[31 Days Of Horror ’22] Mini Reviews: Vamp (1986) and The Face Behind The Mask (1941)

Mini Review
Day 05: ‘Catch Up’
Vamp (1986)

There are memories ingrained into my brain of seeing Vamp (1986) at the video store as a kid, the cover was so mysterious and a little scary. Back then there was not enough courage to try to rent it out and then the film just disappeared off shelves as newer films took over and for this humble horror fan it just didn’t come up to actually watch the film with the awesome VHS cover until now, thank you 31 Days Of Horror.

Vamp is quite a simple story, two best friends AJ (Robert Rusler) and Keith (Chris Makepeace) in college agree to hire a stripper for the big frat party to ensure their pledge into the fraternity. They find an ad for an intriguing place, bringing along fellow student Duncan (Gedde Watanabe) in order to have transportation. Once they reach the Strip Club, not everything is as it seems as the mysterious performer Katrina (Grace Jones) gets AJ under her spell.

This is a fun film, the chemistry and fun performances from Robert Rusler and Chris Makepeace lead the film forward, Gedde Watanabe’s silly Duncan is good comic relief and anytime Grace Jones is on screen is hypnotic. The writing is great, the low budget goes a long way with impressive vampire make up and the neon visuals wrap everything up nicely. There are a few missteps along the way, which can easily be forgiven with a film that’s extremely enjoyable and a great slice of 80’s horror.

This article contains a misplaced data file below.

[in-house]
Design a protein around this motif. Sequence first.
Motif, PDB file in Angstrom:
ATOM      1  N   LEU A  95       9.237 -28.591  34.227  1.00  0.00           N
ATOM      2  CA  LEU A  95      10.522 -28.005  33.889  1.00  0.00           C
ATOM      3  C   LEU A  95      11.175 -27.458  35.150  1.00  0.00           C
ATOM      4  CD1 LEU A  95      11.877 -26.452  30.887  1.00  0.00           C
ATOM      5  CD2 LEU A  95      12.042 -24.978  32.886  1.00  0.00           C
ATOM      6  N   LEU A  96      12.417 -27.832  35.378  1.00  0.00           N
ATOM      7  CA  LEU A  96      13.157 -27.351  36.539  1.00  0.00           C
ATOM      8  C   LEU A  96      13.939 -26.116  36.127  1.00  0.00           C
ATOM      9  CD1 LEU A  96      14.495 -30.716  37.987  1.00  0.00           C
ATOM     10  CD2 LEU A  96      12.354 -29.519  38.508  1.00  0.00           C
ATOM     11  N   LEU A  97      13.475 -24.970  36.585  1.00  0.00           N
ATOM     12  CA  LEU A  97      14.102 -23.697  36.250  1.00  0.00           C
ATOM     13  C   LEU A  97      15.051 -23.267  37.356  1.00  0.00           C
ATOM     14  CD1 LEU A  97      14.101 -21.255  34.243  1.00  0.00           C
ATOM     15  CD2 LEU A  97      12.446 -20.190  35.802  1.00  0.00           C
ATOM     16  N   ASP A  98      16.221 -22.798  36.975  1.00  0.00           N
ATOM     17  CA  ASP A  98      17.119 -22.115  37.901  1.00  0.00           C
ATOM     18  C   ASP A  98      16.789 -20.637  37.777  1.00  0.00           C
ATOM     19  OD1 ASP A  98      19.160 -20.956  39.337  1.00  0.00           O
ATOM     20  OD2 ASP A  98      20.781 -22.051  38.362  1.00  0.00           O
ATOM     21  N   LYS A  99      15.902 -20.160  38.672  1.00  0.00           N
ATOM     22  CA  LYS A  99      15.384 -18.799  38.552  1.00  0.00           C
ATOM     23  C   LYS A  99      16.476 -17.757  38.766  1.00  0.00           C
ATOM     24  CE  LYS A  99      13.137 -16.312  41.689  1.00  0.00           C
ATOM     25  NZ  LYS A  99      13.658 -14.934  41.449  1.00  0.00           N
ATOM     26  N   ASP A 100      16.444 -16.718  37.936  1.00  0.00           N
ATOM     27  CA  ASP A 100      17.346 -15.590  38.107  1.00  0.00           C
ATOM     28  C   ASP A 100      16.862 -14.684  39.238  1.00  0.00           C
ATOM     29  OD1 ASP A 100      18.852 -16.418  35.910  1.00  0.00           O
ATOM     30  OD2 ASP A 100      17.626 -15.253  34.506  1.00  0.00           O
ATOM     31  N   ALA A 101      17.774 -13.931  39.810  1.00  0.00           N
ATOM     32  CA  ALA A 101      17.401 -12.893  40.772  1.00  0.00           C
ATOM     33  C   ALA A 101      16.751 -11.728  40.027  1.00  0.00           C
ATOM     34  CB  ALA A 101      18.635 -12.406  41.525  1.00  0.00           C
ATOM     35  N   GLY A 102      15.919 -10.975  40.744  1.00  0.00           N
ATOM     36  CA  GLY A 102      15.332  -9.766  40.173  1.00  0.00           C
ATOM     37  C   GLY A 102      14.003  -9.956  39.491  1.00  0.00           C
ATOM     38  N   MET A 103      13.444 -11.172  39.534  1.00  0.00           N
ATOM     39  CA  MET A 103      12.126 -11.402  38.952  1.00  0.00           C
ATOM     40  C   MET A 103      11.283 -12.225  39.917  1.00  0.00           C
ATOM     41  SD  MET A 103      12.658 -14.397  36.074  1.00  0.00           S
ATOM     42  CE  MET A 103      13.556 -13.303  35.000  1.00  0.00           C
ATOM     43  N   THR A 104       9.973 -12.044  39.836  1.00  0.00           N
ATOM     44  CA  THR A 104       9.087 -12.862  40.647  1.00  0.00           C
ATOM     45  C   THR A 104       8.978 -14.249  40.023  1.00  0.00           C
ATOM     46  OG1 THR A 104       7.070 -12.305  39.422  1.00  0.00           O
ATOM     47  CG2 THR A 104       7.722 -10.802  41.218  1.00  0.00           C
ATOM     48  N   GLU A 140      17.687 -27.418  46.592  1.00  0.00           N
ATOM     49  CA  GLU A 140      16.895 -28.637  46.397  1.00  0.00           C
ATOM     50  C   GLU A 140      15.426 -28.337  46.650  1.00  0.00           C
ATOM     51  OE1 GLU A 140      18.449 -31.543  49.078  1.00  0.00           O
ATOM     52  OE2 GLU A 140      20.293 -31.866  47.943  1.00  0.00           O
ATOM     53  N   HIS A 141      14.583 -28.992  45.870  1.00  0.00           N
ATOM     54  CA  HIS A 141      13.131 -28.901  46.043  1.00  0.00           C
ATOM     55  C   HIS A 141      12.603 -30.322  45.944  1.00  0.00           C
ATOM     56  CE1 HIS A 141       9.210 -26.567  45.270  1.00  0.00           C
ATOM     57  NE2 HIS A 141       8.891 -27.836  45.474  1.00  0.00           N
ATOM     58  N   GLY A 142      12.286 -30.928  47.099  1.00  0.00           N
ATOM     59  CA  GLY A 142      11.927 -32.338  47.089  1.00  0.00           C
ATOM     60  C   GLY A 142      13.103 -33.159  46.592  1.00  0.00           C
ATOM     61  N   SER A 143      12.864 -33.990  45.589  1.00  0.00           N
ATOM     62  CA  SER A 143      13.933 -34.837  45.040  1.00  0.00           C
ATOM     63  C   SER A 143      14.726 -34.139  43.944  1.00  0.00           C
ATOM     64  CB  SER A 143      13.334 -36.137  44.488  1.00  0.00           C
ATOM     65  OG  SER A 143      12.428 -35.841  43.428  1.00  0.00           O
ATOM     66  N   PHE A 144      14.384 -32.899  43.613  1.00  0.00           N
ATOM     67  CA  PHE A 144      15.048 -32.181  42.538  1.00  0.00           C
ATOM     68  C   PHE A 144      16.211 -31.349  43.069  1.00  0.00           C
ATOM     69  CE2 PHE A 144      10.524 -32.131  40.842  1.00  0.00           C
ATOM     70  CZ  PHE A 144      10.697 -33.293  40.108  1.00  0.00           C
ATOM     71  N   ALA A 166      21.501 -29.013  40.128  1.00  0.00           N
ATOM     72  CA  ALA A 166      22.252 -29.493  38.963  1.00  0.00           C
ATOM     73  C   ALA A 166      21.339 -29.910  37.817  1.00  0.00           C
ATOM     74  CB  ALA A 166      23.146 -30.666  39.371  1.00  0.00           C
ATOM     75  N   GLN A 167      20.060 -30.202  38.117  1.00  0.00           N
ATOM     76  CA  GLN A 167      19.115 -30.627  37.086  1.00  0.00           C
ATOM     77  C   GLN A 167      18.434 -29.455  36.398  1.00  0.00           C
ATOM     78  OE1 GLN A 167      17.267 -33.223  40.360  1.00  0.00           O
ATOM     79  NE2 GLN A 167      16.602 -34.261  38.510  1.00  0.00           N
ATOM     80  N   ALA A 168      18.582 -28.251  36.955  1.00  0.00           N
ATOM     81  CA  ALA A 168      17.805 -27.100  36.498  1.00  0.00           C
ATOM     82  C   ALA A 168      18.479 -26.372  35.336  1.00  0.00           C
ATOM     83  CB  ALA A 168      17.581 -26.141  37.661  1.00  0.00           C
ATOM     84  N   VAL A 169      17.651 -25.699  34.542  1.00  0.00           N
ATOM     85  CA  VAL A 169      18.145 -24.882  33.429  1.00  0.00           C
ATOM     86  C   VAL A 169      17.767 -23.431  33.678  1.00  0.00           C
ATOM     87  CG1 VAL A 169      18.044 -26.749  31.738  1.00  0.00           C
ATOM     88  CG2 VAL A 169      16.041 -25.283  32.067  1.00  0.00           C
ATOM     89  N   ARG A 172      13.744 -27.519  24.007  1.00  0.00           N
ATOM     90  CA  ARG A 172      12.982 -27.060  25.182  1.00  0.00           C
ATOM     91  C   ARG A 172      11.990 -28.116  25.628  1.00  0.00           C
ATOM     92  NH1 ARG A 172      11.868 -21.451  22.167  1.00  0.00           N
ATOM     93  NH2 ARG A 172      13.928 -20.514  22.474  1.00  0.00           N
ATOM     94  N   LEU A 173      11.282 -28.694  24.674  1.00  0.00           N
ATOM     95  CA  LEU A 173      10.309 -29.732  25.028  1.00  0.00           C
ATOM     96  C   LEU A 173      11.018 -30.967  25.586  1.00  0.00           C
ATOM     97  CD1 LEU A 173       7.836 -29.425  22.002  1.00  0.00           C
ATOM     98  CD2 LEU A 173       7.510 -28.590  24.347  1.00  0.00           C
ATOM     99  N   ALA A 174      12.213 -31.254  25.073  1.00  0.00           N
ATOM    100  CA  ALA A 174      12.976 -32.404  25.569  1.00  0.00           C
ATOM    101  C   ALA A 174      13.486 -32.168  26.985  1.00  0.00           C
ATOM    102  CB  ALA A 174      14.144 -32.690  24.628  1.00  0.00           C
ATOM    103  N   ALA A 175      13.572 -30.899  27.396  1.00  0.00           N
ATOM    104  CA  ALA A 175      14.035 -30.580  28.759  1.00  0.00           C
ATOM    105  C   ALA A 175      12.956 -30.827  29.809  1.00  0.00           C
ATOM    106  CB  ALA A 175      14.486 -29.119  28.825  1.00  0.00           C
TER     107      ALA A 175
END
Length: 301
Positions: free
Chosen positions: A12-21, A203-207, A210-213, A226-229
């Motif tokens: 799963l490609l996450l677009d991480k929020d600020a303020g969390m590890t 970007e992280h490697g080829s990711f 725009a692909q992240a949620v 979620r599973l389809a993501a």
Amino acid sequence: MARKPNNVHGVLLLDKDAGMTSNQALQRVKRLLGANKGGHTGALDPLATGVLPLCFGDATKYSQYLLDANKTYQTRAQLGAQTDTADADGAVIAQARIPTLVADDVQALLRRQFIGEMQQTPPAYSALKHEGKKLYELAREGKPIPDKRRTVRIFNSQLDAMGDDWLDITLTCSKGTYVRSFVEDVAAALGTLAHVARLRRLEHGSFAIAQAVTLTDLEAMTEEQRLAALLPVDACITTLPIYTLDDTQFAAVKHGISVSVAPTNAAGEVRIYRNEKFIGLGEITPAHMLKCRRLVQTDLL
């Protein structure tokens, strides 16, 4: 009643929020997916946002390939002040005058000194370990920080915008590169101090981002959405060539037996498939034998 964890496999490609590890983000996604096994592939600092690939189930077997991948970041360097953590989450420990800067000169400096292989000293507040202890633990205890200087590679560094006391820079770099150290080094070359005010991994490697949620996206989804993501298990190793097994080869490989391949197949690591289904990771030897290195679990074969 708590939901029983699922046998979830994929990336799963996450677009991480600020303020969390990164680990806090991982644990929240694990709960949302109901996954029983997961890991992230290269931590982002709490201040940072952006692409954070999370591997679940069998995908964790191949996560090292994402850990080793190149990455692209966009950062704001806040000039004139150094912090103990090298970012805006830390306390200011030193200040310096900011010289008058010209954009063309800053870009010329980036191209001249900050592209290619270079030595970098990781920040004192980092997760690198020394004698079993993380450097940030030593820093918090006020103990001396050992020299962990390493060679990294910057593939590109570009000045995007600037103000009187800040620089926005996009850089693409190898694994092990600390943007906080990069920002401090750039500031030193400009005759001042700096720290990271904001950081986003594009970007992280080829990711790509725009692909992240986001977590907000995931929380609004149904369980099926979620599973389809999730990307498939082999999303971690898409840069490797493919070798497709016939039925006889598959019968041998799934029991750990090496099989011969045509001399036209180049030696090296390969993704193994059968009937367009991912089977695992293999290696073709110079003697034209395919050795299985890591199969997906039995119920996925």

Mini Review
Day 06: ‘From the 1940s’
The Face Behind The Mask (1941)

The great Peter Lorre was truly a gift to cinema, the many performances he did are all unique and at times endearing. When looking for a film from the 1940s for the viewing list, the second I saw his name on an interesting title I added it to the list and checked a few sources to ensure it had horror. The Face Behind The Mask (1941) is a noir/drama/thriller/horror that works on those levels and captures a very sad look and realistic look at immigrant and disability discrimination.

Janos Szabo (Peter Lorre) first appears as he arrives from Hungary to New York as a very optimistic immigrant eager to find work and make enough money to bring his love over. At first things seem to be going well for Janos, a kind detective finds him a cheap hotel to live, he gets a job at the hotel, but a fire at the hotel he’s living in burns his face sadly. With his face burned, Janos faces discrimination whilst trying to find work and get back on his feet, no one will hire him. Ashamed and feeling hopeless, Janos goes to end his life when an encounter with a man Dinky (George E. Stone) who talks him out of it, leads him to a life of crime in order to make money to get surgery to change his face. Due to the scarring, Janos cannot have surgery and instead is given a face mask to wear, on the same day he meets a blind woman Helen (Evelyn Keyes) who changes his life for the better, but is the criminal life truly behind him?

The horror element in the film could be argued about, is it Janos burned face? Is it his treatment after being scared? Is it getting caught up with criminals? Or the reality of what the ‘American Dream’ really is? It could really be all those things, however Janos’ face is something that barely gets seen and it shouldn’t be considered horror because he is a man with a burnt face. The real horror and how it is conveyed in the film is the horror of other people, the failure of the ‘American Dream’ and the desperation to go into some dark places. Peter Lorre is excellent as Janos, a genuinely lovely man who goes through tragedy and his motivations are completely understood. There is a strong sympathetic factor with Janos, there is empathy to be found within him that Lorre brings forth naturally. A story told in The Face Behind The Mask is as relevant now as it was back in 1941, this is a must see film for all.


Reviews written by Marcella Papandrea


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